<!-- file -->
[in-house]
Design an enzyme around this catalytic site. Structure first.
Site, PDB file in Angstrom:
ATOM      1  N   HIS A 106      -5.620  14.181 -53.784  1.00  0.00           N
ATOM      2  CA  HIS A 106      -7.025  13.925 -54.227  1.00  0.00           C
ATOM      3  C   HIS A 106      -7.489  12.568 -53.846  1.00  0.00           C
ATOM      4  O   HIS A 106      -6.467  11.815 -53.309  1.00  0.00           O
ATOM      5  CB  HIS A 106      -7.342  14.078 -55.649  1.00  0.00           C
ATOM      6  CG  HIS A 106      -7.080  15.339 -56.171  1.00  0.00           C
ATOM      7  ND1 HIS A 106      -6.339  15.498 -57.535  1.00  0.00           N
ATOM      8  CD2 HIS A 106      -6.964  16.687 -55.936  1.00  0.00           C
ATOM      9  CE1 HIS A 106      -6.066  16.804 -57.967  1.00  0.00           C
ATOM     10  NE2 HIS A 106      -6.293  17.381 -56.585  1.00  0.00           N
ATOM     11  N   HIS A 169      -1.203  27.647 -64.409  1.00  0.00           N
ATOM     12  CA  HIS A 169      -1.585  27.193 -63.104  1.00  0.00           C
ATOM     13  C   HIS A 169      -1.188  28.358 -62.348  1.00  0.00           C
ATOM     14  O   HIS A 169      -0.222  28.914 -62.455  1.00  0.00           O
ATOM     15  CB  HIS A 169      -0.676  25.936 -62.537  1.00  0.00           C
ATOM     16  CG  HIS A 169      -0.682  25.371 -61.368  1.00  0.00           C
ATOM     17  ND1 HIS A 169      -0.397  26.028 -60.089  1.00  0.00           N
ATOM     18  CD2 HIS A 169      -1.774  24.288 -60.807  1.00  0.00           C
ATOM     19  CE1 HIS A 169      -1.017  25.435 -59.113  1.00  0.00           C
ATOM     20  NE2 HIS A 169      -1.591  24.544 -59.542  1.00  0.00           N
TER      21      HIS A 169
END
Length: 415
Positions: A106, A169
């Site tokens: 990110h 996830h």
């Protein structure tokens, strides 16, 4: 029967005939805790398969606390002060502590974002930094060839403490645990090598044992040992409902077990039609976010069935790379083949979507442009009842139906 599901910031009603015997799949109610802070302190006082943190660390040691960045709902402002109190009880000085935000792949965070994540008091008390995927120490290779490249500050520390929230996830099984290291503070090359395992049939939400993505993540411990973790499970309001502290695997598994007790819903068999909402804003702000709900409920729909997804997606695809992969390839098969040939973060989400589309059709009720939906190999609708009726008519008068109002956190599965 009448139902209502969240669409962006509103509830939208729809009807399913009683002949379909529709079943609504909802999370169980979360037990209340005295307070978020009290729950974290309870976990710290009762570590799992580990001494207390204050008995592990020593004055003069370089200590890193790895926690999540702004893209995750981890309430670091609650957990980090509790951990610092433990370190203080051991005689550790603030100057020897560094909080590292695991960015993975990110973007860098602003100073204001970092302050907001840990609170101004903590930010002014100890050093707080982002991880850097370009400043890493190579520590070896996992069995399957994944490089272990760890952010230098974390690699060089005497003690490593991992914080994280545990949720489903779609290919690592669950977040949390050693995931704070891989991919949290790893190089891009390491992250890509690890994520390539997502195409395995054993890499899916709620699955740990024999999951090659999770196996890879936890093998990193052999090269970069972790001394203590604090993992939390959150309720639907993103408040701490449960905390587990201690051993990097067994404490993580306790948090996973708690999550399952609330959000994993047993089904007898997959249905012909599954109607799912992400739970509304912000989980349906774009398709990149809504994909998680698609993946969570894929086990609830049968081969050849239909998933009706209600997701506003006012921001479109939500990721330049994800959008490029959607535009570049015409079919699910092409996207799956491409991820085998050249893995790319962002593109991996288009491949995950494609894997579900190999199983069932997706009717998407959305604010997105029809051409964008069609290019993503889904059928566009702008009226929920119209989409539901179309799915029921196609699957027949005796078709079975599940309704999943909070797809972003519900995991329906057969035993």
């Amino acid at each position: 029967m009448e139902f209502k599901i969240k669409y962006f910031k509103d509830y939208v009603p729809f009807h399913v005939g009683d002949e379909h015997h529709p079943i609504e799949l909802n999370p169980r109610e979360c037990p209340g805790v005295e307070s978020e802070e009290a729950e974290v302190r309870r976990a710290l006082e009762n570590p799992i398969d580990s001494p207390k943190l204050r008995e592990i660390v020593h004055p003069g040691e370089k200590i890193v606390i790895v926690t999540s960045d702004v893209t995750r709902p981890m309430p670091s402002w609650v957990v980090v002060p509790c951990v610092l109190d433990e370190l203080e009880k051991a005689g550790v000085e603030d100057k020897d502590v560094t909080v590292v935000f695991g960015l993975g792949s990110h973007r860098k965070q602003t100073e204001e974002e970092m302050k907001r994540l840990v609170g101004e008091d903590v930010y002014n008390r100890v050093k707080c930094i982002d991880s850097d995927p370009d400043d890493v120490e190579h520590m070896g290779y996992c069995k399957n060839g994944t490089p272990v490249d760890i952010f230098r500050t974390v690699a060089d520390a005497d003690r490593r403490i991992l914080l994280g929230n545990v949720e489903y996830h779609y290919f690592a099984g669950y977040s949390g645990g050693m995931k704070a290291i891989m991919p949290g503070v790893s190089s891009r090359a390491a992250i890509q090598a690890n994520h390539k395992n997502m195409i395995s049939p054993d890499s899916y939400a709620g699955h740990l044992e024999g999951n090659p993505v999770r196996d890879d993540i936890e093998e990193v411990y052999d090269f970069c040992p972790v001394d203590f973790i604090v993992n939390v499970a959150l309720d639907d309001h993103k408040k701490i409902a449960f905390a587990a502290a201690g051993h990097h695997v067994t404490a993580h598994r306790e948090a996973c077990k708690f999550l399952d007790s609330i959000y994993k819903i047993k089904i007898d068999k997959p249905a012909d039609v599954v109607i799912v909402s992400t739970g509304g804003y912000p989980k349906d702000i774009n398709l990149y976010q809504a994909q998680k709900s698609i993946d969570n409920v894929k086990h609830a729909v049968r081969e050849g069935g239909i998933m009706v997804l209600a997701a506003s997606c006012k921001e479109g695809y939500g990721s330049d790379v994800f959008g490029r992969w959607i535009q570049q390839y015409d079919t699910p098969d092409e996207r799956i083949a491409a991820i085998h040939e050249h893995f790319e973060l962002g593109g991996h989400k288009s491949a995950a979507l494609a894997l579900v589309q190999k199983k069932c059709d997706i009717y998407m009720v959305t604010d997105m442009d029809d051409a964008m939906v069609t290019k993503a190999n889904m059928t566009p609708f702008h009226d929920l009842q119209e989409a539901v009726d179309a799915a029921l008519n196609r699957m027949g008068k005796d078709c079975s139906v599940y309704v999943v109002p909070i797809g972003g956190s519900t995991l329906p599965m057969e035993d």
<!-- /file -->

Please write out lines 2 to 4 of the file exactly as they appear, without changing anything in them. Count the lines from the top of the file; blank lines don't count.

Design an enzyme around this catalytic site. Structure first.
Site, PDB file in Angstrom:
ATOM      1  N   HIS A 106      -5.620  14.181 -53.784  1.00  0.00           N